Craig R. Herkert

Yes. I don't know if I have more color on Save-A-Lot, Karen, than what I've already indicated. It's a combination of the environment, the percentage of our customers who are relying on government assistance and the stress that puts on them and the general malaise of the economy and clearly, competitive situation. So I don't want to diminish any of the above, and I don't have more clarity. And as it relates to commenting on which particular competitors have had the biggest impact, no, I would prefer not to comment. We are a business with retail across United States. We have competitors all over. And so it's -- I don't want to get into a discussion about what competitor had what impact. I think it's fairly clear that given the economic situation the American consumer is in, a lot of grocery competitors are focused on making sure that they have the right value proposition for customers. We needed to accelerate our ability to play in that game, and we're doing so.

Karen F. Short - BMO Capital Markets U.S.

Okay, it's all right. Just last question, what portion of the companies owned real estate, I guess, is now secured? Meaning I guess if you needed to do a sale leaseback for liquidity, how many stores are -- will be unencumbered after this debt refinancing is completed?

Sherry M. Smith

No. From a real estate perspective, clearly, we have very solid real estate assets here. And we're not going to go to that level. I think if you think about liquidity, we're putting in place the same liquidity that we've had available in the past. That's at $2.5 billion level. It gives us ample liquidity from what we would view as being drawn on those facilities even during our peak borrowing.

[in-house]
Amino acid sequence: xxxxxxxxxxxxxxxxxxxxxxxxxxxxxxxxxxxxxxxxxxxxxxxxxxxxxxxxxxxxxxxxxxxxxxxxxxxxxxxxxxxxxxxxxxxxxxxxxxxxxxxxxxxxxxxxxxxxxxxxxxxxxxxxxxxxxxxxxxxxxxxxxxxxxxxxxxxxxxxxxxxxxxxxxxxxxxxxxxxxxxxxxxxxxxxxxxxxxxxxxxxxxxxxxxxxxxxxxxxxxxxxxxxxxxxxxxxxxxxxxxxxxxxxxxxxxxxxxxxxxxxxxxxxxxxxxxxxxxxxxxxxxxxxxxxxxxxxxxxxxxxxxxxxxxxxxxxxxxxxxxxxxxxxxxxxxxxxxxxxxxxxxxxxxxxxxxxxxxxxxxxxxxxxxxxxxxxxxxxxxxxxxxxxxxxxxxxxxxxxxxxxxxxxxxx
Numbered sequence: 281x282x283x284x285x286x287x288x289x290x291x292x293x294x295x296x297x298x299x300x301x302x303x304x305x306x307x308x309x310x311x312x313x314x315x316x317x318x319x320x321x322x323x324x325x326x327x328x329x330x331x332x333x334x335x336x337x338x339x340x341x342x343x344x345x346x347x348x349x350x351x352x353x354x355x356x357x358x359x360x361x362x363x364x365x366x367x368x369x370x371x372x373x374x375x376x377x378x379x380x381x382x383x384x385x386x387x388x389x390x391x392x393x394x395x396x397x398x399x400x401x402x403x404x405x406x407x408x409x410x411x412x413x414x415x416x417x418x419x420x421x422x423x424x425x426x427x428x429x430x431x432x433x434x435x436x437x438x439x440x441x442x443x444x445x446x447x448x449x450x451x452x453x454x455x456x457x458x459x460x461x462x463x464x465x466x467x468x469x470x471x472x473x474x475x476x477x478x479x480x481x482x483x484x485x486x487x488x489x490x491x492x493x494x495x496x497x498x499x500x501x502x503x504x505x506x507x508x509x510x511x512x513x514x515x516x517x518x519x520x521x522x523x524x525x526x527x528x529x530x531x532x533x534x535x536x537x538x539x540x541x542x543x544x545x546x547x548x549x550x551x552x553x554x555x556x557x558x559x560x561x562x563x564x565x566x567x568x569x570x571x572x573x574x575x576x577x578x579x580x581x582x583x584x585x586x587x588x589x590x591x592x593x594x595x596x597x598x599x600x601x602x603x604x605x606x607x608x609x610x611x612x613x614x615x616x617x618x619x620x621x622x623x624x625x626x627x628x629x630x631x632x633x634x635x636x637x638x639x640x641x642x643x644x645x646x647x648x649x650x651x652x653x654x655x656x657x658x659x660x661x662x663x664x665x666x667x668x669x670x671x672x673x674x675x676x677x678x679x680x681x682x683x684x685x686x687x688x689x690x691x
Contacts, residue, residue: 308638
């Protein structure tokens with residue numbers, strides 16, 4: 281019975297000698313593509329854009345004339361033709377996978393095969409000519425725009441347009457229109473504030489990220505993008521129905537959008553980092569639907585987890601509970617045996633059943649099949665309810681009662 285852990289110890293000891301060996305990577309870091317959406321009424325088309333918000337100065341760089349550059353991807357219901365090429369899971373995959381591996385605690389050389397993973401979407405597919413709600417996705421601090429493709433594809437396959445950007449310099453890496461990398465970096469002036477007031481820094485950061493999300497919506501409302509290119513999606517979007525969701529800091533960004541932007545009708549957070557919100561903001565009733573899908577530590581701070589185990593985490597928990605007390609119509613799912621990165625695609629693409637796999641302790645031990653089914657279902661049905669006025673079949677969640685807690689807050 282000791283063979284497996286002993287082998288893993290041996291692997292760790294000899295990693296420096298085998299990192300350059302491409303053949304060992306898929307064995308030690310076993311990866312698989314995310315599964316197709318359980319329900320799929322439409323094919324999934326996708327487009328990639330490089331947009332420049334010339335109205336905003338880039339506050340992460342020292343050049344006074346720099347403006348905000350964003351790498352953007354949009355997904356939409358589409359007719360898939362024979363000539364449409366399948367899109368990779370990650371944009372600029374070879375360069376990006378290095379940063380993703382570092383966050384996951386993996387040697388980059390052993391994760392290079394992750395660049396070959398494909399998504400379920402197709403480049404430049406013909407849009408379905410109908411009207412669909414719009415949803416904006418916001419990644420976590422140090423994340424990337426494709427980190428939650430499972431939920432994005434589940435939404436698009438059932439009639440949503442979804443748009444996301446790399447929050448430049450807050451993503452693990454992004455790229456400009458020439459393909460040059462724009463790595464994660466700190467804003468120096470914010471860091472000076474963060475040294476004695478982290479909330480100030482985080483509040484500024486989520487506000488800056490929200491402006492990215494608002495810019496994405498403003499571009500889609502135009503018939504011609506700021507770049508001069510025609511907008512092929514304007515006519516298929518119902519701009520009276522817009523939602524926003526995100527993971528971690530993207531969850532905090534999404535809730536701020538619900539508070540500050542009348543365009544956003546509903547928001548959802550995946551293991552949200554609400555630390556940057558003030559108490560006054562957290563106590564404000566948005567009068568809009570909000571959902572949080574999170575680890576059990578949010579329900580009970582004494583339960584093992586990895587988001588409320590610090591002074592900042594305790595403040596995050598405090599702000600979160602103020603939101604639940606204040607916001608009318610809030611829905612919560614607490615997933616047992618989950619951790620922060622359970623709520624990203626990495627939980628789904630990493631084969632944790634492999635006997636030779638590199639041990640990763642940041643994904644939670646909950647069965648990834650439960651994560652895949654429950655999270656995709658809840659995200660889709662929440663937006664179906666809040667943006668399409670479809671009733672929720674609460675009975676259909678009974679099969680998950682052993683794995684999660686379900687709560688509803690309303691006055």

Operator

Your final question comes from the line of Edward Kelly with Credit Suisse.

Edward J. Kelly - Crédit Suisse AG, Research Division

Craig, could you just define what it means to get pricing in line? Are you looking at broad-based basket? And by the way, which competition are you focused on? Is there just through market channels?

Craig R. Herkert

Yes. So I think maybe the best analog (sic) [analogy] would be what we're doing at Jewel-Osco in Chicago. We are significantly narrowing our base price gap. So we're looking at base prices, prices before promotion, and we're looking at significantly narrowing that gap to discounters and there are many discounters out there. And frankly, by doing that, we obviously improve our position relative to traditional grocers. We will at the same time continue to be a promotional merchant. That mix changes as we move to fair pricing. But to be very clear, we continue to be a promotional merchant, again evidenced by what we're doing in Chicago. So beyond that, I don't want to give you the specific numbers. I would say that we know very clearly where we were. And we are tracking weekly where we are by category. And I'm very comfortable that the team has put together a very, very good plan. We are tracking exactly where we intended to track on those measures. So to be clear, it is a base price change. And it's a significant base price change. It is not a KVI strategy. It is broad-based. And we continue to be a promotional merchant because our customers like our stores for our promotions. We will continue to do those promotions. They will be specific by banner, and we know what banner needs what promotion.

Edward J. Kelly - Crédit Suisse AG, Research Division

Now is your goal on a basket to be in below your conventional competitors and your individual markets? Or is it to be in line with those competitors?

Craig R. Herkert